SP Guide Publications puts forth a well compiled articulation of issues, pursuits and accomplishments of the Indian Army, over the years

— General Manoj Pande, Indian Army Chief

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— Admiral R. Hari Kumar, Indian Navy Chief

My compliments to SP Guide Publications for informative and credible reportage on contemporary aerospace issues over the past six decades.

— Air Chief Marshal V.R. Chaudhari, Indian Air Force Chief

First Aerial Refuelling with a Drone Tanker

On June 4, 2021, the US Navy conducted its first ever aerial refuelling of an F/A-18E-F Super Hornet, a manned aircraft of the US Navy, by an unmanned flight refuelling aircraft (FRA), an MQ-25 Stingray test vehicle. Designed, developed and manufactured by Boeing, this was its first midair tanking mission. The successful test was carried out with the MQ-25 T1 test asset employing the Cobham Aerial Refuelling Store that is used by F/A-18s to perform refuelling operations. “This flight lays the foundation for integration into the carrier environment, allowing for greater capability towards manned-unmanned teaming concepts,” said Rear Admiral Brian Corey who oversees the Programme Executive Office for Unmanned Aviation and Strike Weapons”.

Issue: 06-2021By Air Marshal B.K. Pandey (Retd)Photo(s): By Boeing


The history of the development of the capability of refuelling an aircraft during flight, dates back to 1912 when the first attempt was made using a method that was rather primitive as it involved passing of a can of aviation fuel manually from one airplane to another while in flight. Over a decade later, this method was replaced by another in which fuel was transferred from the wing tanks of one aircraft to the wing tanks of another and was described as wing-to-wing transfer. In this method of aerial refuelling, a fuel hose pipe was dangled from the wing tank of the refueller aircraft and one member of the crew of the recipient aircraft, was required to grab the end of the hose pipe and refuel the recipient aircraft. As fuel pumps were yet to be developed, fuel from the wing tank of the aircraft on top was transferred to the aircraft flying below it by making use of the force of gravity. The first such refuelling exercise was carried out on June 27, 1923, nearly 100 years ago, between two Airco DH-4B biplanes by the pilots of the United States (US) Army Air Service.

A flying endurance record was set in August 1923 by three Airco DH-4B aircraft of the US Army Air Service consisting of two aerial tanker aircraft and one receiver aircraft in which the receiver aircraft remained airborne for more than 37 hours during which mid-air refuelling was carried out nine times to transfer a total of 2,600 litres of aviation fuel and 140 litres of engine oil. Similar aerial refuelling trials were carried out in that period by the Royal Air Force of the United Kingdom as also by the French Air Force; but not with the same level of success as achieved in the US. Over the years, with aerial refuelling being taken up with the Air Forces of several nations, two main aerial refulling systems were developed. These were the “Probe and Drogue System” and the Flying Boom. The Probe and Drogue System proved to be simpler to adapt to existing aircraft, but the Flying Boom provides a much faster rate of transfer of fuel. However, it requires a dedicated boom operator station in the refueller aircraft.

The capability of being able to receive fuel while in flight allows the receiving aircraft to remain airborne for a longer period of time as well as enhance significantly its operational range as it can top up its fuel tanks well after getting airborne. An aircraft on an operational mission that has the capability to receive fuel in flight, can get airborne with much higher payload which could be by way of weapon load, cargo or personnel. This is particularly relevant if the aircraft is required to operate from an airfield located at high altitude which severely limits its all up weight for takeoff. If the aircraft is on a strike mission deep inside enemy territory, the capability of receiving fuel in flight will not only enhance its strike range, it will also facilitate launching of strike on multiple targets as well as give the aircraft more loiter time.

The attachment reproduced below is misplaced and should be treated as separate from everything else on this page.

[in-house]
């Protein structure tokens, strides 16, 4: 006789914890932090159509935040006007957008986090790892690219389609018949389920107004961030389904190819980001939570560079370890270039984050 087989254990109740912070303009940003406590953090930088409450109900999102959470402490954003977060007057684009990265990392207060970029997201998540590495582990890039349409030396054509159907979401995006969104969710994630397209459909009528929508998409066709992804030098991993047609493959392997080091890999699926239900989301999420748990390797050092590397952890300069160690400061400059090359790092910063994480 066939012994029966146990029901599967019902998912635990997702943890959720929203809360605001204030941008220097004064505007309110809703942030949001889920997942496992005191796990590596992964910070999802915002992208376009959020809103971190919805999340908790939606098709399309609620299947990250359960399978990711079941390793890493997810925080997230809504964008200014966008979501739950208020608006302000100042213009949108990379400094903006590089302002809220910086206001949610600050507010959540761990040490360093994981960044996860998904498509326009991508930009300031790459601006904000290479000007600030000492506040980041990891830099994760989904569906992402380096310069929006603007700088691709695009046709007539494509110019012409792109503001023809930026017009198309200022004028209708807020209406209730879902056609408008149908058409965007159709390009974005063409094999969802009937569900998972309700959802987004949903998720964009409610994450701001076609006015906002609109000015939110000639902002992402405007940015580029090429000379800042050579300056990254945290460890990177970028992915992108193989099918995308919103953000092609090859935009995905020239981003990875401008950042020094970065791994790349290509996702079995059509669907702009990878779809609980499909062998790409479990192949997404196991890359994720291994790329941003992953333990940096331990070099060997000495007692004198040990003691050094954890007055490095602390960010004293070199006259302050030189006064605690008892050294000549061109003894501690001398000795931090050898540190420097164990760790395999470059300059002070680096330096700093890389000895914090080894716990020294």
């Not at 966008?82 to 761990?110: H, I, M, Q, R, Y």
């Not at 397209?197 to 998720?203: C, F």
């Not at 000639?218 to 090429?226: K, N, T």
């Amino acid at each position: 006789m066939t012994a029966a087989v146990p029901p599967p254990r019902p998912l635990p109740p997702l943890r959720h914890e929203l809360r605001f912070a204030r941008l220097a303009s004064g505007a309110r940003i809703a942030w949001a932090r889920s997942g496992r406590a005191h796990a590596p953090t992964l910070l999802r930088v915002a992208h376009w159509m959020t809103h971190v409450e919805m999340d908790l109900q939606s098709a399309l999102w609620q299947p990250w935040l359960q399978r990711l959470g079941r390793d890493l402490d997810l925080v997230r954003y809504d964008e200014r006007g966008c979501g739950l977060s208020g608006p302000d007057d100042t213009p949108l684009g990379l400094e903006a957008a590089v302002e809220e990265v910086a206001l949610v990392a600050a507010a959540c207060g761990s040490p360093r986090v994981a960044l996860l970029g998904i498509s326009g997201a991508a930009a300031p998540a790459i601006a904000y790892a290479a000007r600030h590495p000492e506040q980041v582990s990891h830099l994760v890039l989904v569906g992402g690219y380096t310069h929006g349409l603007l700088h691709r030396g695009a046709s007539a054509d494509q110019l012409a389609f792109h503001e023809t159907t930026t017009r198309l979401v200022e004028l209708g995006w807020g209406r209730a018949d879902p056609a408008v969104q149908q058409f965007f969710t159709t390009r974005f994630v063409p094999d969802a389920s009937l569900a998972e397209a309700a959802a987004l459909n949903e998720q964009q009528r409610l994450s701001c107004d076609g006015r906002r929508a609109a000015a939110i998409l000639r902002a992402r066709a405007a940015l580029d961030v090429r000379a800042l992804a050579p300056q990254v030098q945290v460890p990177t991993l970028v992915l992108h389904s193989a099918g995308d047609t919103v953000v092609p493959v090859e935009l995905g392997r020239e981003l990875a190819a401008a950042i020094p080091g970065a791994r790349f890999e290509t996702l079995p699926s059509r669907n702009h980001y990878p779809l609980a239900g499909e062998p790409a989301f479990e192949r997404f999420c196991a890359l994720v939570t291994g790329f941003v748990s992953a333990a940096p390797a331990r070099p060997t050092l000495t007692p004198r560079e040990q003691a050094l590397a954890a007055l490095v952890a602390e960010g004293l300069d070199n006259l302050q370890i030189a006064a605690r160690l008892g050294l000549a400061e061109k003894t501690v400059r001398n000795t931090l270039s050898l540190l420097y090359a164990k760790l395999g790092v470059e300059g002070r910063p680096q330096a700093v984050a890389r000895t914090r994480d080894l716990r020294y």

The first time that aerial refuelling was used by aircraft that were engaged in actual combat was by the South Korean Air Force during the war with North Korea in the early 1950s. These missions that were carried the out by the F-84 fighterbomber aircraft of the South Korean Air Force with aerial refuelling, were undertaken from airfields in Japan as their own air bases located in South Korea had been overrun by the North Korean forces with the support from China. The South Korean Air Force had converted B-29 bombers that were fitted with the drogue-and-probe in-flight refuelling system. The probe was fitted on one of the wing-tip fuel tanks of the F-84 combat aircraft.

The MQ-25 T1 is the predecessor to the four engineering development model MQ-25 aircraft under production, the first of which is expected to be delivered for operational deployment later this year. The US Navy is planning to procure over 70 MQ-25 T1 aircraft, which will replace the F/A-18E Super Hornets that are currently being employed in the aerial refuelling role. This will allow the aircraft carrier fleet of the US Navy to have significantly higher numbers of F/A-18E Super Hornets available for operational missions instead of these being reserved only for aerial refuelling missions. The aerial refuelling exercise carried out using the MQ-25 Stingray test vehicle on June 04 this year, will certainly prove to be a quantum leap in developing the capability of aerial refuelling for combat platforms.